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Amos; Return to the land

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posted on Dec, 11 2015 @ 05:03 PM
After the proclamations of judgement, the book of Amos ends with promise of restoration (ch9 vv11-15).

“In that day”- that is, when his power is fully exercised- “I will raise up the booth [or “tabernacle”] of David that is fallen, and repair its breaches.
Evidently this is written after the fall of Jerusalem, looking to the restoration of the nation and of a place of worship.
However, we may note that the prophet does not speak of the “Temple of Solomon”, but goes back to the simpler time of David.
It is said that these people will possess “the remnants of Edom and all the nations who are called by my name”.
In other words, this will be a time when there are many nations attached to the Lord.

There is a promise of intensified fertility.
The crops and the grapes will grow so fast that “the ploughman shall overtake the reaper and the treader of grapes him who sows the seed”.
The very hills and mountains shall flow with sweet wine.

Finally, the people will be restored to the land.
Israel will rebuild the ruined cities and re-plant the gardens and vineyards, to enjoy them for ever.
“They shall never again be plucked out of the land which I have given them”.

How are these prophecies to be interpreted?
It could be argued that they were partly fulfilled at the end of the exile in Babylon.
At least the Jews were able to return to the land, and they were allowed to re-build a Temple.
However, this did not give them the absolute security promised in the last line.
And the promise of intensified fertility has never been literally fulfilled at all.

From the Christian viewpoint, these prophecies must be understood in a different way.
The principle has always been that the church re-interprets the Old Testament in the light of Christ.
As Paul puts it, the “veil” imposed by the literal reading of the text has been removed, and the meaning can be understood through the Holy Spirit (2 Corinthians ch3 vv12-16).

Thus the promise of a renewed place of worship, with a place for “all the nations who are called by my name”, can be understood as fulfilled in Christ;
“Neither in this mountain nor in Jerusalem… The time is coming when the true worshippers will worship the Father in spirit and truth” (John ch4 vv21-23)
Taking the words of Matthew Henry on this passage;
“It is promised that in the Messiah the kingdom of David shall be restored. The church militant… is the tabernacle of David”.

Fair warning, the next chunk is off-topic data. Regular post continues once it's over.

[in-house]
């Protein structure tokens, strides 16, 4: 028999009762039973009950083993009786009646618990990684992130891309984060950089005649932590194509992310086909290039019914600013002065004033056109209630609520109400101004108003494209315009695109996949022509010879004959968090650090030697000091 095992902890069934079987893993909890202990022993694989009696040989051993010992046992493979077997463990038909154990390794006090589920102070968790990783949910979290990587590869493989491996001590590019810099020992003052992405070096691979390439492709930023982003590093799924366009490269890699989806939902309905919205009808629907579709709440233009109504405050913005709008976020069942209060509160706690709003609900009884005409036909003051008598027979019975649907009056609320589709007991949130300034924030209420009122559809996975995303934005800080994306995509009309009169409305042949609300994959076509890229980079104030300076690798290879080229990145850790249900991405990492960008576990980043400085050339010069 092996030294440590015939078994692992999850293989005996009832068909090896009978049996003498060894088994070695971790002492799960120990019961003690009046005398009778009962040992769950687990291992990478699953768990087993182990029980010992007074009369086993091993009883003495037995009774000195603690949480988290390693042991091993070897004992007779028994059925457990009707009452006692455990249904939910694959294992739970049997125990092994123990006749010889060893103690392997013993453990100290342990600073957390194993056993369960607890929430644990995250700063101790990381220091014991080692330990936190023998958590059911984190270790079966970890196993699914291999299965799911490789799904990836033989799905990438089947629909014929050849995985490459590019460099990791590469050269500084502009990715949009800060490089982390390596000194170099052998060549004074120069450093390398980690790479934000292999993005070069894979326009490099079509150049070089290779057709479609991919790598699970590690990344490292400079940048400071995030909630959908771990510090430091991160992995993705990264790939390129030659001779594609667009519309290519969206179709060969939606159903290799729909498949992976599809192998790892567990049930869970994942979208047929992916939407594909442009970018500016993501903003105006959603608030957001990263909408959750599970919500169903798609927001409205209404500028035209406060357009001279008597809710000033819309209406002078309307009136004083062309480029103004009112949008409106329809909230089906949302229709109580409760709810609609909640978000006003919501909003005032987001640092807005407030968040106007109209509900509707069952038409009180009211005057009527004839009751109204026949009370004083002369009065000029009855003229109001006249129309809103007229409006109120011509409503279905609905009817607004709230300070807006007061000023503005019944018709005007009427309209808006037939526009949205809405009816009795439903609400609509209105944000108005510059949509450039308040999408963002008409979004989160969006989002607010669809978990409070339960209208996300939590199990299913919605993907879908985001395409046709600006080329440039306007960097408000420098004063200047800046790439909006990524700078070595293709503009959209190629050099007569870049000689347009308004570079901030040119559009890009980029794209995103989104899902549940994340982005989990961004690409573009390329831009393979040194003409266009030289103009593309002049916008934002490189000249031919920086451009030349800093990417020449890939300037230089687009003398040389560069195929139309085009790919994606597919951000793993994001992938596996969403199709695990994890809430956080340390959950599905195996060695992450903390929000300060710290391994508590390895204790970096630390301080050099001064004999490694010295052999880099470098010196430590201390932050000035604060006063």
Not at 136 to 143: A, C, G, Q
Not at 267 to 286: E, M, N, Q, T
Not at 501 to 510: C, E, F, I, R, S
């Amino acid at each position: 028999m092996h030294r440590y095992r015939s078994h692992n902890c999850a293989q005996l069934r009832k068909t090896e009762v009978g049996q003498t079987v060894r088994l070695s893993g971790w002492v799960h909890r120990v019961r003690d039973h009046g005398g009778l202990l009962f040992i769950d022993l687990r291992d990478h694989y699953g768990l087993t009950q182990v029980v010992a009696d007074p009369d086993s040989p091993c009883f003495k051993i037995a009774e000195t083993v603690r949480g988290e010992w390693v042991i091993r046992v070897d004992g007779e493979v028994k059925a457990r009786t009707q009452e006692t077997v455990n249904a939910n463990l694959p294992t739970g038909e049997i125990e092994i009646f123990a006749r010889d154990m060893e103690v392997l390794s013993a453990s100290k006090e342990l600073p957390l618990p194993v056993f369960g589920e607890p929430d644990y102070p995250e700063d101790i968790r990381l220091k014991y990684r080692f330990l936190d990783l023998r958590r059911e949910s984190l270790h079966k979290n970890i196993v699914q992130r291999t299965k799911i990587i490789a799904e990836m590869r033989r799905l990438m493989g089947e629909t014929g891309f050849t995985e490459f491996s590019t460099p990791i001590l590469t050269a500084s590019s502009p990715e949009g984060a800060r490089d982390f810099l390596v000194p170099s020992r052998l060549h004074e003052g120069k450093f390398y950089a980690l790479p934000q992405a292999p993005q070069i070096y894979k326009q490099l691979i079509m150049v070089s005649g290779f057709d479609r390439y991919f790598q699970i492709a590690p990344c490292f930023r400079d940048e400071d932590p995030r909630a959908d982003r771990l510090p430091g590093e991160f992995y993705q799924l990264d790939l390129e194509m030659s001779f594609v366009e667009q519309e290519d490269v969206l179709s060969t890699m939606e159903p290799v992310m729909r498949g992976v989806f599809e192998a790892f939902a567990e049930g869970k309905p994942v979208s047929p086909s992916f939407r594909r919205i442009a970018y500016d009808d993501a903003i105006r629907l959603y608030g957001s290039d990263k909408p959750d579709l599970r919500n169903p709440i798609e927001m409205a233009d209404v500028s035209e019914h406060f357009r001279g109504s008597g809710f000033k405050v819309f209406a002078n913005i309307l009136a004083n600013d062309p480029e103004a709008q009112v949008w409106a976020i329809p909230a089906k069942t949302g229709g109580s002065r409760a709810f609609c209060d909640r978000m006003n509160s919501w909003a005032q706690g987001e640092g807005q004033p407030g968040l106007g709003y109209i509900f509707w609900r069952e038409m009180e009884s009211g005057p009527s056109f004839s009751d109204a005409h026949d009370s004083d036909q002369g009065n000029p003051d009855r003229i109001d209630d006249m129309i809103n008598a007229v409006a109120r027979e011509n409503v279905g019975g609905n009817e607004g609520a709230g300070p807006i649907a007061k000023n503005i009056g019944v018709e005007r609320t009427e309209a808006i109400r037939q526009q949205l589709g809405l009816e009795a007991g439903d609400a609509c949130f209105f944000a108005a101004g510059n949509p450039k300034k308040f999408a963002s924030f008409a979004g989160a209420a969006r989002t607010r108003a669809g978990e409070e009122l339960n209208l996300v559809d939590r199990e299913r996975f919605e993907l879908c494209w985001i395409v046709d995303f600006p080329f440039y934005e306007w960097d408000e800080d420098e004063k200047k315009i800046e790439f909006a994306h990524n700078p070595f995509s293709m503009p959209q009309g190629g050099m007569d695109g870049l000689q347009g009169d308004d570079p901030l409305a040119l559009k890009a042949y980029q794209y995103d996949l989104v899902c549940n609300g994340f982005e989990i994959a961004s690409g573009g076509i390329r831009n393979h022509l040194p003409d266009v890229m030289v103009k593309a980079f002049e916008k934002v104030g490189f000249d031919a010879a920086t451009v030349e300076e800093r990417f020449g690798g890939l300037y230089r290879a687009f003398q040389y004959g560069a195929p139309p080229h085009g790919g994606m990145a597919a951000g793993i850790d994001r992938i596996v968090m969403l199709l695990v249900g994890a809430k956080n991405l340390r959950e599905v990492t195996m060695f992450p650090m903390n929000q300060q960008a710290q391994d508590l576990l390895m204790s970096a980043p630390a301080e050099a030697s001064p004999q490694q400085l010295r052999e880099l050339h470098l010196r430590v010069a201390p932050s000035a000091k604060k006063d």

Similarly, the promise that the house of David will possess “the remnant of Edom and all the nations” is fulfilled because “Christ will have them given him for his inheritance”.

The same applies to the promise of increased fertility.
The Old Testament may promise material blessings, but the New Testament promises spiritual blessings.
Therefore the church takes the material blessings promised in the Old Testament and re-interprets them as spiritual blessings.
Thus the fertility promised here can be understood as the outpouring of the Holy Spirit, “for it is not by measure that he gives the Spirit” (John ch3 v34).
Taking the words of Matthew Henry on this passage;
“This must be understood of the spiritual blessings with which all those are blessed who are in sincerity added to Christ and his church…
When great multitudes were converted, and when the preachers of the gospel were always caused to triumph in the success of their preaching, then ‘the ploughman overtook the reaper”.

Finally, the same principle applies to the promise of “return to the land”.
For the Christian, the “home” of God’s people is in the presence of God;
“When I go and prepare a place for you, I will come again and take you to myself, that where I am you may be also” (John ch14 v3).
The promise that they will not be rooted out of it is finally fulfilled at the end of Revelation, for Christ has promised to each of his people;
“He who conquers, I will make a pillar in the temple of my God; never shall he go out of it” (Revelation ch3 v12).

Therefore “return to the land”, does not for the Christian involve any expectation that the Jews themselves should expect to return to the physical territory once occupied by the kingdoms of Israel.
That more literal mode of interpretation would be in danger of re-instating the “veil” over the scriptures which Christ has taken away.

edit on 11-12-2015 by DISRAELI because: (no reason given)

posted on Dec, 13 2015 @ 02:04 PM

posted on Dec, 13 2015 @ 03:38 PM
Do You Have Any Grasp Of The Land Your Lot Clings To...???
Or Is Israel The Only True Wealth In This World For You...????

No Offense... I Just Like To Know If You Value Your Country.

posted on Dec, 13 2015 @ 03:48 PM
a reply to: Pinocchio
My country is the United Kingdom of Great Britain and Northern Ireland.
In spite of all temptations to belong to other nations.
The only land I cling to is the plot which contains my house (freehold modern terrace).

I suspect your question may be based on false assumptions, and I wonder if you read the opening post at all, or whether you just responded to the title.

edit on 13-12-2015 by DISRAELI because: (no reason given)

posted on Dec, 13 2015 @ 04:19 PM
a reply to: DISRAELI

Sorry Ol'Pal...
But... I Was Drawn In To Idea That You Hold Israel With More Regard Than Your Own Town.
While... I Believe There Is Nothing Wrong With That... I Also Thought You May Not.

posted on Dec, 13 2015 @ 04:26 PM
a reply to: Pinocchio
Your belief was mistaken
a) Because I'm not Jewish. What's more, I never have been.
b) The last couple of paragraphs of the OP might have told you how I understand the Christian viewpoint on the "return to the land" concept.

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